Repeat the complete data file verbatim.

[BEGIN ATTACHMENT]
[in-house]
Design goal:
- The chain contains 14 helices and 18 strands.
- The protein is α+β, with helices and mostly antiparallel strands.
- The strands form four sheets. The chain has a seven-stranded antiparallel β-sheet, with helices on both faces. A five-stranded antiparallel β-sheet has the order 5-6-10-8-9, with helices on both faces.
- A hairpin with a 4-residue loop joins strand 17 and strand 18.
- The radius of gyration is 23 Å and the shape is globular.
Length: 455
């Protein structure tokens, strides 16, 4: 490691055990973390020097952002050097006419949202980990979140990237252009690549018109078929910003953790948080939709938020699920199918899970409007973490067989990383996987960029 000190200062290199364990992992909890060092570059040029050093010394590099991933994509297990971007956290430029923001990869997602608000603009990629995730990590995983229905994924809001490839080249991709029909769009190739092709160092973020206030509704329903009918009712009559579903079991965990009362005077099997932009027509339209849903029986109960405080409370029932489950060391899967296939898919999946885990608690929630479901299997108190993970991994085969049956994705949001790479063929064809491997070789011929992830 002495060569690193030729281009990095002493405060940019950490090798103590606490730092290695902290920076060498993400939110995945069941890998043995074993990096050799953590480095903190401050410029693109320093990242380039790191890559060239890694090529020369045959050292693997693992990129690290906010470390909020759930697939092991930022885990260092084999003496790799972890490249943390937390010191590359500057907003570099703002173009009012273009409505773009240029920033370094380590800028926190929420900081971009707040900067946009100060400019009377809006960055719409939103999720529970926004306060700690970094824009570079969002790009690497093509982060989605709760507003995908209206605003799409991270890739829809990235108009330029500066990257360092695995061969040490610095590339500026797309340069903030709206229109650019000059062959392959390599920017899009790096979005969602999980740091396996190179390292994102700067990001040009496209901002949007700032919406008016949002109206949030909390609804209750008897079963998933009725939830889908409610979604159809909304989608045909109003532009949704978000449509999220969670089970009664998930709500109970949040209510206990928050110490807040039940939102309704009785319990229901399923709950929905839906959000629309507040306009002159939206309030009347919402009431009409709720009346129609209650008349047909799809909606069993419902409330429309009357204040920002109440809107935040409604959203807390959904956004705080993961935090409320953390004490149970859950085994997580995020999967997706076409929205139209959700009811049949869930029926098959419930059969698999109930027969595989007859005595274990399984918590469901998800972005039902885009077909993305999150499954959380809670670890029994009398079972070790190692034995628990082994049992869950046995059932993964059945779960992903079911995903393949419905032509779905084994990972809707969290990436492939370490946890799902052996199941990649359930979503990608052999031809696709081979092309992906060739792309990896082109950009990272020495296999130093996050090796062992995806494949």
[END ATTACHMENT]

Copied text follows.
[in-house]
Design goal:
- The chain contains 14 helices and 18 strands.
- The protein is α+β, with helices and mostly antiparallel strands.
- The strands form four sheets. The chain has a seven-stranded antiparallel β-sheet, with helices on both faces. A five-stranded antiparallel β-sheet has the order 5-6-10-8-9, with helices on both faces.
- A hairpin with a 4-residue loop joins strand 17 and strand 18.
- The radius of gyration is 23 Å and the shape is globular.
Length: 455
């Protein structure tokens, strides 16, 4: 490691055990973390020097952002050097006419949202980990979140990237252009690549018109078929910003953790948080939709938020699920199918899970409007973490067989990383996987960029 000190200062290199364990992992909890060092570059040029050093010394590099991933994509297990971007956290430029923001990869997602608000603009990629995730990590995983229905994924809001490839080249991709029909769009190739092709160092973020206030509704329903009918009712009559579903079991965990009362005077099997932009027509339209849903029986109960405080409370029932489950060391899967296939898919999946885990608690929630479901299997108190993970991994085969049956994705949001790479063929064809491997070789011929992830 002495060569690193030729281009990095002493405060940019950490090798103590606490730092290695902290920076060498993400939110995945069941890998043995074993990096050799953590480095903190401050410029693109320093990242380039790191890559060239890694090529020369045959050292693997693992990129690290906010470390909020759930697939092991930022885990260092084999003496790799972890490249943390937390010191590359500057907003570099703002173009009012273009409505773009240029920033370094380590800028926190929420900081971009707040900067946009100060400019009377809006960055719409939103999720529970926004306060700690970094824009570079969002790009690497093509982060989605709760507003995908209206605003799409991270890739829809990235108009330029500066990257360092695995061969040490610095590339500026797309340069903030709206229109650019000059062959392959390599920017899009790096979005969602999980740091396996190179390292994102700067990001040009496209901002949007700032919406008016949002109206949030909390609804209750008897079963998933009725939830889908409610979604159809909304989608045909109003532009949704978000449509999220969670089970009664998930709500109970949040209510206990928050110490807040039940939102309704009785319990229901399923709950929905839906959000629309507040306009002159939206309030009347919402009431009409709720009346129609209650008349047909799809909606069993419902409330429309009357204040920002109440809107935040409604959203807390959904956004705080993961935090409320953390004490149970859950085994997580995020999967997706076409929205139209959700009811049949869930029926098959419930059969698999109930027969595989007859005595274990399984918590469901998800972005039902885009077909993305999150499954959380809670670890029994009398079972070790190692034995628990082994049992869950046995059932993964059945779960992903079911995903393949419905032509779905084994990972809707969290990436492939370490946890799902052996199941990649359930979503990608052999031809696709081979092309992906060739792309990896082109950009990272020495296999130093996050090796062992995806494949």